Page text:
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Dance Dictionary
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Social Dances

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B

Back Break Turn

Is a ½ Turn (180 degrees) in the opposite direction of the forward foot which returns you from whence you came, leaving the receiving foot in the same position on the floor but facing in the opposite direction.  Also see Break Turn.


Balancette

In American terminology the Whisk is called a Balancette. As used in Samba the vertical movement is down (1), up (a), down (2), down (3), up (a), down (4). It is executed by flexing the knees on the "down" movement and straightening the knees on the "up" movement.

Example

   
ODD
ODD
Count
&
a
1
&
a
2
&
a
3
&
a
4
Rhythm
X
x
X
X
x
X
Foot
L
R
L
R
L
R
Direction
S
Xb
P
S
Xb
P
Foot Pos
2
5
5
2
5
5
Turns
>1/4R>
>1/4L>
>1/4L>

The example step pattern can be executed repeatedly by making another making a 1/4R on the "&a" prior to count "1".

For diagram definitions see
Short Hand Terms or Annotation

See: YouTube-Whisk


Balboa & Bal-Swing

Balboa is one of the swing dances and is normally executed at high speeds.  It feels much better above 150 bpm.   Pure Balboa is basically an 8 beat dance with its basic Rhythm Units (2 beats each) being EVEN, ODD, EVEN, ODD.

Even Rhythm Units (2 beats) are executed as a Double Rhythm [XX] (step step) or Blank Rhythm [/ /] (no weight change).

Odd Rhythm Units (2 beats) are executed as a Single Rhythm [X /] (step hold) or as Delayed Single Rhythm [/ X] (hold step) or as Triple Rhythm [XXX] (step step step).

Intermediate and advanced dancers often mix the different Rhythm types during the same dance.

Bal-Swing is a term that is used wnen Balboa is mixed with othere swing dance moves from such dances as Lindy Hop. East Coast Swing, West Coast Swing, etc.

3 Different Styles
Rhythm/Step Patterns

This can be very confusing if you don't know the difference between an Up-Hold and a Down-Hold. Remember Rhythm Units are 2 beats of music. A Down-Hold (AKA: Single Rhythm Unit) steps on the first beat and not on the second beat. An Up-Hold (AKA: Delayed Single Rhythm) holds (no step) on the first beat and steps on the second beat..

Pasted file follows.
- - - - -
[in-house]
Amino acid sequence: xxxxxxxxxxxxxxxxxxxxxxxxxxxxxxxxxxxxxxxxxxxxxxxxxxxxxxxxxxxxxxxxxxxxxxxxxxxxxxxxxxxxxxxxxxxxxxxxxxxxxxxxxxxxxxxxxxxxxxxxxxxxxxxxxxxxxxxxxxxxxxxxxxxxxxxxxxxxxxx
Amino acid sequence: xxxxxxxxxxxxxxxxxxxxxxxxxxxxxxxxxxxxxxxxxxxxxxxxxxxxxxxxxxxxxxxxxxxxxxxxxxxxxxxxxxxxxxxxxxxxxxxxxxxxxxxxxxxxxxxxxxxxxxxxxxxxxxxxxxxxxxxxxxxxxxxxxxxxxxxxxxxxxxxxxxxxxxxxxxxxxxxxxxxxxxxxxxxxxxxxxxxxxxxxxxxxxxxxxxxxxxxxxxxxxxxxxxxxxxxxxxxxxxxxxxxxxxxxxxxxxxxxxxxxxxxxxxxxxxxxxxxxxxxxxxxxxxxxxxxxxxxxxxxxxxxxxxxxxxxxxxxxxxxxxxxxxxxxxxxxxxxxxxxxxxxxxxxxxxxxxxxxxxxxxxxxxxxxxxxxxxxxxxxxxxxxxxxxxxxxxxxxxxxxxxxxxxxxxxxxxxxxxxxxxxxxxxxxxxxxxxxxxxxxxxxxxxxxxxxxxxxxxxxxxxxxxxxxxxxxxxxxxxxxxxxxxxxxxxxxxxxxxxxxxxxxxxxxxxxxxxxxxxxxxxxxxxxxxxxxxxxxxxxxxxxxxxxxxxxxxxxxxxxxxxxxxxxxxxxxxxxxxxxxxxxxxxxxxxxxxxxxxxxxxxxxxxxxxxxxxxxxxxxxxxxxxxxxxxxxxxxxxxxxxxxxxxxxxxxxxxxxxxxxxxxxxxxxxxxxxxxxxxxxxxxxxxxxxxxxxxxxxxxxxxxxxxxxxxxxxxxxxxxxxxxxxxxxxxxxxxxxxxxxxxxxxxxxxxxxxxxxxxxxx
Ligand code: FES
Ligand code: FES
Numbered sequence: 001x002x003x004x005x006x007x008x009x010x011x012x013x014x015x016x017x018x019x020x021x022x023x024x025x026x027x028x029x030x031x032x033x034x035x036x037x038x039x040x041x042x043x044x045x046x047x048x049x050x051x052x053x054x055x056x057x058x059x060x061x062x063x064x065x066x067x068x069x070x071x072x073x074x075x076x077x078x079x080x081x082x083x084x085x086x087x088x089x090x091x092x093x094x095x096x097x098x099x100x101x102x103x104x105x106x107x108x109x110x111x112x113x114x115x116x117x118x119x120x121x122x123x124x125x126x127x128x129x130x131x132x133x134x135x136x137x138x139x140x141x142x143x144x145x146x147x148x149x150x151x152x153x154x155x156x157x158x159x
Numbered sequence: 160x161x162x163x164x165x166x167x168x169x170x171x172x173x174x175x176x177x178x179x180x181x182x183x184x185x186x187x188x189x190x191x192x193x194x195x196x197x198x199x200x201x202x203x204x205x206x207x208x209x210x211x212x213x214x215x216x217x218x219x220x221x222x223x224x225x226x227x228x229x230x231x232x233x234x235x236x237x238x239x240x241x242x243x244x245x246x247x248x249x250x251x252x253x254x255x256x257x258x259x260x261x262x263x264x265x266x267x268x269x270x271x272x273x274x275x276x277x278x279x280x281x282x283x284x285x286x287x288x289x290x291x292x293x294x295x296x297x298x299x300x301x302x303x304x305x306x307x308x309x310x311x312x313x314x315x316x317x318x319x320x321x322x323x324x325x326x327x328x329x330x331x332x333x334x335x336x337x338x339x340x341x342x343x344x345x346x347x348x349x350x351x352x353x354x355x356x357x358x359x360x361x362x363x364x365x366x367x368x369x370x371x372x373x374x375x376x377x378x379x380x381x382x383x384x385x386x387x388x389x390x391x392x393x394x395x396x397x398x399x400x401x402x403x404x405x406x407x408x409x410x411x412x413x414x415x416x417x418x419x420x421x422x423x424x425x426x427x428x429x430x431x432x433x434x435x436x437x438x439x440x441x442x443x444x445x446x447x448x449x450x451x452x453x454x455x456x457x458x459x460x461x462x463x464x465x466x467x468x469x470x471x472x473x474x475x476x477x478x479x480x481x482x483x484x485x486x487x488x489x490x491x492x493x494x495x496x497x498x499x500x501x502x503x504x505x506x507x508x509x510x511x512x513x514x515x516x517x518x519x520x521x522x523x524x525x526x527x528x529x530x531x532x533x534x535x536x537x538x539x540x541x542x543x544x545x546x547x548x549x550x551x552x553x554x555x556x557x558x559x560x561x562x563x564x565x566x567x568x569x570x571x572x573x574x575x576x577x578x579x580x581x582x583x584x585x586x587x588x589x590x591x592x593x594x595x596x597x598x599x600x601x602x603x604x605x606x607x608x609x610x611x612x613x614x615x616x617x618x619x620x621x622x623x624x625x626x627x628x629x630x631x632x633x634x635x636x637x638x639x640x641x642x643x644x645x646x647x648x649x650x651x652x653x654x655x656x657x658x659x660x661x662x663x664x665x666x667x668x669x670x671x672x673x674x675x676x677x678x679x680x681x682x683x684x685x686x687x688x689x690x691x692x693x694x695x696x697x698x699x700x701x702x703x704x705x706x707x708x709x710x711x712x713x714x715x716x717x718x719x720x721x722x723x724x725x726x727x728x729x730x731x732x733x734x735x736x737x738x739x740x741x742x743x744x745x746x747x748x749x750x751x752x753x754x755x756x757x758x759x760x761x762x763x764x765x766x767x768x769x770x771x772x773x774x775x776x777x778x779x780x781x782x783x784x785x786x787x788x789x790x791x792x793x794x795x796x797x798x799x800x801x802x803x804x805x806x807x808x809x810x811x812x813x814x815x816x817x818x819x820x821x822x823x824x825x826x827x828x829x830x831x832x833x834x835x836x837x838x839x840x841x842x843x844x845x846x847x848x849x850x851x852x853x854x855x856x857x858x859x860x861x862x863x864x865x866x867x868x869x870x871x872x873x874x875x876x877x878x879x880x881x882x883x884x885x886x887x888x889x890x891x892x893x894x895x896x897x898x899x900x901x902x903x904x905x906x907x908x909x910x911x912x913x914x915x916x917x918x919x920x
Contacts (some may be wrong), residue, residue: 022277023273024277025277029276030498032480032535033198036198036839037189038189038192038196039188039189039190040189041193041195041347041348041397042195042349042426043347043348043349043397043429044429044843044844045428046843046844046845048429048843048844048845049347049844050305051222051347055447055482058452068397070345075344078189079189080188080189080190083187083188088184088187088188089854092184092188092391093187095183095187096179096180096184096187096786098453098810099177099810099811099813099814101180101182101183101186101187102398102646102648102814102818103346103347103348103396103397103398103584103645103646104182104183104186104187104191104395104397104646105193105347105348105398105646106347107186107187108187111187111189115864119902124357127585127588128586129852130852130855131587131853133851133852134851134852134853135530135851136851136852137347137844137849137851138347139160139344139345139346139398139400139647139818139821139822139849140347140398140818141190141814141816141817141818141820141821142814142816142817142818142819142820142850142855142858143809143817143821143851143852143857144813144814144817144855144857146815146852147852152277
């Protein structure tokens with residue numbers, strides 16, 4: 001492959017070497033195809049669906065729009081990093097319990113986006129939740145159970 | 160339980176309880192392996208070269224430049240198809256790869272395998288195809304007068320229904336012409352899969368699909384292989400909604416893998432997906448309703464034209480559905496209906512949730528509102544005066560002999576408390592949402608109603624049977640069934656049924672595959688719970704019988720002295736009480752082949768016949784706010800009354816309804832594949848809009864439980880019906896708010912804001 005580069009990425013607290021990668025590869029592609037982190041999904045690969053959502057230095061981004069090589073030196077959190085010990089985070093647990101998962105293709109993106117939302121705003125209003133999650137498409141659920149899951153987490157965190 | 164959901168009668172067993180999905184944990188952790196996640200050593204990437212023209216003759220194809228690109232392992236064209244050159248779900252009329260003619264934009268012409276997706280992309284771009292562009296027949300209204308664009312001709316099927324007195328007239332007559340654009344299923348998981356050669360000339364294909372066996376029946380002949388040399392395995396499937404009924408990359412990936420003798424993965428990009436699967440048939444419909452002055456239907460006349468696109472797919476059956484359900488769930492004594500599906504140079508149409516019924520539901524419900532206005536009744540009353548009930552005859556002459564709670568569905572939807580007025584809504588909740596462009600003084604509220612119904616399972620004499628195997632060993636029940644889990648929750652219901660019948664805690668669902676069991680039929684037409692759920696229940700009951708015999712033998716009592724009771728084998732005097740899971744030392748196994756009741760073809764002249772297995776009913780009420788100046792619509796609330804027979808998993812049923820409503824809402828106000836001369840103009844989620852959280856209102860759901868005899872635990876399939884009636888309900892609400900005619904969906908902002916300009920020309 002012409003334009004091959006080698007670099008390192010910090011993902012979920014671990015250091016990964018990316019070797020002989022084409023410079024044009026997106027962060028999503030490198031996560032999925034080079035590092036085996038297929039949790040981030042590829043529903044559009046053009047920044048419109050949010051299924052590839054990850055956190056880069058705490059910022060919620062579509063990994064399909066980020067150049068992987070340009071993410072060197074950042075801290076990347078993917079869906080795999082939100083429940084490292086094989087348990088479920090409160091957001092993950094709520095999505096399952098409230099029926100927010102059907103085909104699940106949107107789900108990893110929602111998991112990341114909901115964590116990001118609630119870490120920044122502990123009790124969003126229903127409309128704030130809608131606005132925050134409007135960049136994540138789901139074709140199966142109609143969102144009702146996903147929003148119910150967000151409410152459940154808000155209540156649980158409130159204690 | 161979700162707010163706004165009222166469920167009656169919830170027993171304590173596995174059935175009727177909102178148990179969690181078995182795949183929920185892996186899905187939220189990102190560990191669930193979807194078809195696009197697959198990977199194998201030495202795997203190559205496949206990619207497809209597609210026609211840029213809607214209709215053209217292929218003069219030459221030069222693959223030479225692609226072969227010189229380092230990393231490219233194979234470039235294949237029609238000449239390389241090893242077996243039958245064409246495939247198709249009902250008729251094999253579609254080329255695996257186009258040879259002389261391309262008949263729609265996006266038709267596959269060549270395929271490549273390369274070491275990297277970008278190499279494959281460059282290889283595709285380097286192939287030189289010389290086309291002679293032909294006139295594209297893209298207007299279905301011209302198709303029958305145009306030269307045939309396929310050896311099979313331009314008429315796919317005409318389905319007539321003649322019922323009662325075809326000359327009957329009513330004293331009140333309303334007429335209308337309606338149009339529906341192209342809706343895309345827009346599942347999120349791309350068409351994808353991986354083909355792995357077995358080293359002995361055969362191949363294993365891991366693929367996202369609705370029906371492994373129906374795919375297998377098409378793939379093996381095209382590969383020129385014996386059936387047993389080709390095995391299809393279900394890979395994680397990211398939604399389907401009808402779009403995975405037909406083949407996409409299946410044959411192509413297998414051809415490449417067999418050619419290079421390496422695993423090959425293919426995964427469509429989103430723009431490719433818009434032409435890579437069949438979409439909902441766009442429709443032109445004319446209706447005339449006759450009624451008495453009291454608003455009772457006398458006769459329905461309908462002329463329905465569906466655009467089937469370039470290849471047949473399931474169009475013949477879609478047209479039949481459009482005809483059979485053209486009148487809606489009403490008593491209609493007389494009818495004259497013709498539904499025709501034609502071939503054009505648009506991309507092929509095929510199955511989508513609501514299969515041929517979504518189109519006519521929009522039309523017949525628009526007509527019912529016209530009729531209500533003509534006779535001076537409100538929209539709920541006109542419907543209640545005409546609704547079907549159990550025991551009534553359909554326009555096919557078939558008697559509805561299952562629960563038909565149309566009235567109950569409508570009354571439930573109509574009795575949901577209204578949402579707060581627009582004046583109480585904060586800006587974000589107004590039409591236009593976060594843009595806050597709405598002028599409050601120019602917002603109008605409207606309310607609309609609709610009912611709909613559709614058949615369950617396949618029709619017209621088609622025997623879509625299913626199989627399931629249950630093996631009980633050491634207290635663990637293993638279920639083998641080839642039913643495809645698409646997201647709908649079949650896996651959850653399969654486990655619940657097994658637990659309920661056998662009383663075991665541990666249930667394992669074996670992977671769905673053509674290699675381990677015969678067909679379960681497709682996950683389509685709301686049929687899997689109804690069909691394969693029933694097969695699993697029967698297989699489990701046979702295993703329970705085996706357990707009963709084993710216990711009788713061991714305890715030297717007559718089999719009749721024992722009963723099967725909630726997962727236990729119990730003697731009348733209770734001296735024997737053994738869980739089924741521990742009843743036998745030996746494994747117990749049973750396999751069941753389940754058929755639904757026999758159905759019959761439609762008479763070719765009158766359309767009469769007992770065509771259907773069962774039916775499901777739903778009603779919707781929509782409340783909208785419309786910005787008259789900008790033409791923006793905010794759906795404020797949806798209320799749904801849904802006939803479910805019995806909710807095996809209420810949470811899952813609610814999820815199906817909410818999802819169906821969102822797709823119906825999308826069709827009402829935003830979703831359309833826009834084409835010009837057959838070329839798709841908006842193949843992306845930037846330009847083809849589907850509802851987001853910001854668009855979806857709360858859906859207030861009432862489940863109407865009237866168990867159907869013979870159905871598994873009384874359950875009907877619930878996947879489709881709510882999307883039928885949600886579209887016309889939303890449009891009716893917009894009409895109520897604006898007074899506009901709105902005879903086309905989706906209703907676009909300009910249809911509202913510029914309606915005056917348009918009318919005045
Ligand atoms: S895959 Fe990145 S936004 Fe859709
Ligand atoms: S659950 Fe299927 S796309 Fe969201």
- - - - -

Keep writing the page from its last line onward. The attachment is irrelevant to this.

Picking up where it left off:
To make it even more confusing some other dance studios and instructors call

Definitions:
An "X" means weight change (Step)
An "/" means no weight change (Hold - Don't Step)

Down-Hold Pattern

Rhythm Units:
Double, Single, Double, Single
Footwork:
Step(1 2), Down-Hold [Step(3), Hold(4)], Step(5 6), Down-Hold [Step(7), Hold(8)]

   
EVEN
ODD
EVEN
ODD
Count
&
1
&
2
&
3
&
4
&
5
&
6
&
7
&
8
Rhythm
X
X
X
/
X
X
X
/

Up-Hold Pattern

Rhythm Units: Double, Delayed Single, Double, Delayed Single
Footwork:
Step(1 2), Up-Hold [Hold(3) Step(4)] Step(5 6), Up-Hold [Hold(7) Step(8)]

   
EVEN
ODD
EVEN
ODD
Count
&
1
&
2
&
3
&
4
&
5
&
6
&
7
&
8
Rhythm
X
X
/
X
X
X
/
X

Triple Rhythm Pattern

Rhythm Units: Double, Triple, Double, Triple
Footwork: Step(1 2), Step(3 & 4), Step(3), Step(5 6 ) Step( 7 & 8)

   
EVEN
ODD
EVEN
ODD
Count
&
1
&
2
&
3
&
4
&
5
&
6
&
7
&
8
Rhythm
X
X
X
X
X
X
X
X
X
X

Language Confusion
"Delayed Single" v "Double"

You will see in some dance videos that the instructors refer to the "Delayed Single" as a "Double" ... Using the term "Double" is very confusing because there is only one step occurring in the two beats of music ... Skippy Blair's Universal Unit System defines it as a "Delayed Single Rhythm Unit" ... (Hold Step)

Also see: Swing Dance ... Balboa Dance Corner ... Wikipedia


Ball Change

One example is stepping back onto the ball of the left foot, with left leg bent, then quickly returning the weight to the right foot.  This could also be executed on the right foot.  It could also be executed in any direction. This is not a complete weight change from one foot to the other.


Ballet Terms

The following are a few ballet terms commonly used in social dancing. Please refer to reference books on ballet for more terms and complete definitions as they apply to ballet.


Ballroom Dancing

Competitive ballroom dancing consists of two recognized styles: American Style and International Style. Also See: Ballroom Dance Corner

American Style Ballroom

Patterns in American Style Ballroom can be danced in open or closed positions -- resulting in a Fred & Ginger look. There are two categories of dance: Smooth Style and Rhythm Style .

Smooth
Foxtrot
Waltz
Tango
Viennese Waltz

Rhythm
Cha Cha
Rumba
East Coast Swing
Bolero